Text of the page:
2. In surface mounted soldering, which I neither happen to do very often, many times I have trouble soldering the tiny pins, and I end up creating solder bridges between them, short them in other words, and I have to remove it and start again. Is flux used to avoid this?
I've seen videos and the guys that solder these type of things, they use "a lot" of solder but never run into the bridge/short problem, it's as if the solder only wanted to stick to the metal pins and not to the PCB between them, is it does when I have not used flux. Is this correct?
1) Soldering to a battery is difficult because of the large area that needs to come up to temperature. Most often the negative end of the battery is also the battery case. But some rechargeable batteries are opposite with the positive being the case. The surface of the battery terminal is like a heatsink that pulls the heat away. That's PROBABLY the biggest reason why you have difficulty soldering to a battery terminal. PLUS - - - heating a battery like that is ill-advised.

2) SMD soldering is difficult. When I solder QFP's (Quad Flat Packs) I'll solder one, two or three pads on one corner holding the chip as close to where I want it to rest. Then do the opposite corner while pushing the QFP closer to alignment. Then when I have that last corner in place I'll go back to the first corner and make final adjustments. Then, using flux and solder, I'll start on one of the sides where I haven't started soldering yet and go ahead and add enough solder to scare the hell out of novices and drag that blob of solder all the way down that side. With sufficient flux and heat the solder will adhere to the pin and pad without bridging. At the end of that row I may end up with a solder bridge or two. No problem. Just wick some of it off. You may be left with too little solder. Again, no problem. Add more flux and drag the iron across all those pins. You'll end up with a series of joints that look like they were machine made. Then do the opposite side the same way. Then do either the side where I started with the first corner or last and repeat until I have all joints soldered. People will think you're some kind of soldering master. As for BGA's (Ball Grid Array's) you need flux and a hot air pencil.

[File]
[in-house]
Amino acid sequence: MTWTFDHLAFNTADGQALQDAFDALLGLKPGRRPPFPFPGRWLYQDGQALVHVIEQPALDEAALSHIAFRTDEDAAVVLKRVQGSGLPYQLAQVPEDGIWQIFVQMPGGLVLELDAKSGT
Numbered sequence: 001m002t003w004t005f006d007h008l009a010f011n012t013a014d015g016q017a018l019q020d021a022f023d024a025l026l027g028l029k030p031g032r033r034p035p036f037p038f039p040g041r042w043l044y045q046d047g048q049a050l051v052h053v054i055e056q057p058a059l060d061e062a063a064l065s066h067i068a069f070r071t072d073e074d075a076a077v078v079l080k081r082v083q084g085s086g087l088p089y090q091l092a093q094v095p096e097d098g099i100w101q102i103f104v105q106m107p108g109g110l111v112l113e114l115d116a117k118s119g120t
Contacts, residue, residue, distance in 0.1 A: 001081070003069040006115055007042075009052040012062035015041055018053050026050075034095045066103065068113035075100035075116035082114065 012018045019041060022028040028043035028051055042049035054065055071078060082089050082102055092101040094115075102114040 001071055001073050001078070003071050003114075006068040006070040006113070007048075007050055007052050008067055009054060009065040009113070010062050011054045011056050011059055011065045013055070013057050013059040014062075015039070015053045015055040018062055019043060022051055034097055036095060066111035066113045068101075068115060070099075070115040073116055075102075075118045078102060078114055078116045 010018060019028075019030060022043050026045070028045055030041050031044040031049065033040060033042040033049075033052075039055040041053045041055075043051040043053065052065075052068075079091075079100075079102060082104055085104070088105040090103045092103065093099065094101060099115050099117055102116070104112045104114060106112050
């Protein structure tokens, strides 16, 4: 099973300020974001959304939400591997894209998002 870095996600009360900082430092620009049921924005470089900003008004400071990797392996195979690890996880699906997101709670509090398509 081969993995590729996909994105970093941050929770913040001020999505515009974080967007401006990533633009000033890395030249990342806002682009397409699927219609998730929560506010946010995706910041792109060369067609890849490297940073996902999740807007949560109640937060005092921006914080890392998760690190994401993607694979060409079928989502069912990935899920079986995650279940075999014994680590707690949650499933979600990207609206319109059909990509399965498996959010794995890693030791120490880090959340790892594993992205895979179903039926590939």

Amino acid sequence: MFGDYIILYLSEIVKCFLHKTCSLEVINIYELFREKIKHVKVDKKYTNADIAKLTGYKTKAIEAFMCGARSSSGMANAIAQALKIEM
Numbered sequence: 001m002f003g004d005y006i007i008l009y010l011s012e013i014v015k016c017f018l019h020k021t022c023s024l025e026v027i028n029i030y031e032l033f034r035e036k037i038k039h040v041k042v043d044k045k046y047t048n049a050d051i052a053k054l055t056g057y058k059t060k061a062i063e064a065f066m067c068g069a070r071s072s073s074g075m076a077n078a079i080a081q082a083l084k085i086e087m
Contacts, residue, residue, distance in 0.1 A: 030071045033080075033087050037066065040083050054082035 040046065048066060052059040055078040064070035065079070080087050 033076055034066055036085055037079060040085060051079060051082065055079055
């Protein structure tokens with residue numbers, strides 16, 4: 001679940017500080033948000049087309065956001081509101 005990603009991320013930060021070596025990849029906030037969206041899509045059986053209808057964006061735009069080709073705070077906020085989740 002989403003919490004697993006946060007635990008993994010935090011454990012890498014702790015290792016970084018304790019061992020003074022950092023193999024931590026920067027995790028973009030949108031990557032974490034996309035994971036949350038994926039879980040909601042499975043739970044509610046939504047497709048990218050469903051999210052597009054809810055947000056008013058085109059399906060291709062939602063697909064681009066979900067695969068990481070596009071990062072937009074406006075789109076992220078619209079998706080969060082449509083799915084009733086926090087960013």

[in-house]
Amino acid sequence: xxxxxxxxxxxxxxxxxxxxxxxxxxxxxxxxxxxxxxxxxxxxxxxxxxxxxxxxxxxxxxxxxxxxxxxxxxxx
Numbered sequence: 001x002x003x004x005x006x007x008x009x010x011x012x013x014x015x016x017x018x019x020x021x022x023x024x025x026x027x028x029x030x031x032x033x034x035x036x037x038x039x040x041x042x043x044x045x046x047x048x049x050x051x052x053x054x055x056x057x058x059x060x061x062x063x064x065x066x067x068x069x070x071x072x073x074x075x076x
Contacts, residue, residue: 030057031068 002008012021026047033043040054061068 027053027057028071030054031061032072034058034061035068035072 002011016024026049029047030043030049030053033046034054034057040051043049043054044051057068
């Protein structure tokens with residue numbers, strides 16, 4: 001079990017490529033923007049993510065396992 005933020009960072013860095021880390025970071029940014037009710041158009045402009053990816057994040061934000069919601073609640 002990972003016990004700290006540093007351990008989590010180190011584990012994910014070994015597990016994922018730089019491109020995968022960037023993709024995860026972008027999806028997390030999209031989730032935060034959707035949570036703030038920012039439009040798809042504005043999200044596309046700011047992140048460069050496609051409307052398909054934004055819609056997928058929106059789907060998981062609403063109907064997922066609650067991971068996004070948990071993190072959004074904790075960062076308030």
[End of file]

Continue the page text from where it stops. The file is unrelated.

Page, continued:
On the subject of sufficient heat, some boards I've worked on were heavy with copper. Soldering on those boards could NOT be done without first bringing the entire board up to 125˚C. Then you can get solder to flow with either an iron or a hot air pencil.
 

jpanhalt

Joined Jan 18, 2008
7,697
Re: Post #13
Here's a photo to show what I meant. Substrate: nickel (pure) strip about 6 mm wide. Solder: Kester rosin core ("44") with 63/37 alloy.

upload_2019-10-10_9-22-26.png

The solder flows and wets the surface normally. After placing the solder, I bent the strip to show it does not pop off. No special preparations or care taken. Just used my regular electronic soldering iron.
 

Yaakov

Joined Jan 27, 2019
1,481
Flux cleans the surface but it also has a very important function: it prevents reoxidation. For that to happen, the flux must be there at the time the solder is applied. The tacky fluxes stay around even with a lot of heat, but even fluxes that will burn off will do the job if they are present at the time the solder is applied.

The flux you have will almost certainly facilitate soldering to a battery terminal if you DON'T heat it up first. Apply the flux, then make the joint as you would, right on top of the flux.

Here's a wire soldered to the terminal of a AA cell. I used Kester 959T no clean flux, but could easily have used a rosin flux. The solder is a Kester 63/37, though for the tinning, a 60/40 would have worked even better with the better wetting action it offers (it wasn't needed). The iron was a 350°C, and I applied a drop of the flux, then tinned the terminal, then tacked the tinned wire on and flowed a bit more solder.

The joint is very solid, mechanically, and of course electrically sound. The flux allowed the solder to flow on an oxide free surface, and it makes getting the terminal tinned easier. It can be done with the rosin core solder alone, but not as easily, and it would likely mean heating the work more.

IMG_6829.jpg
 

Yaakov

Joined Jan 27, 2019
1,481
If this is acid flux, it will "work" but then it will destroy the work so, yes, stay away from such things.

Rosin flux (colophane) or a more modern, no clean flux is best. Look for "RA" type flux that says the residue is non-corrosive.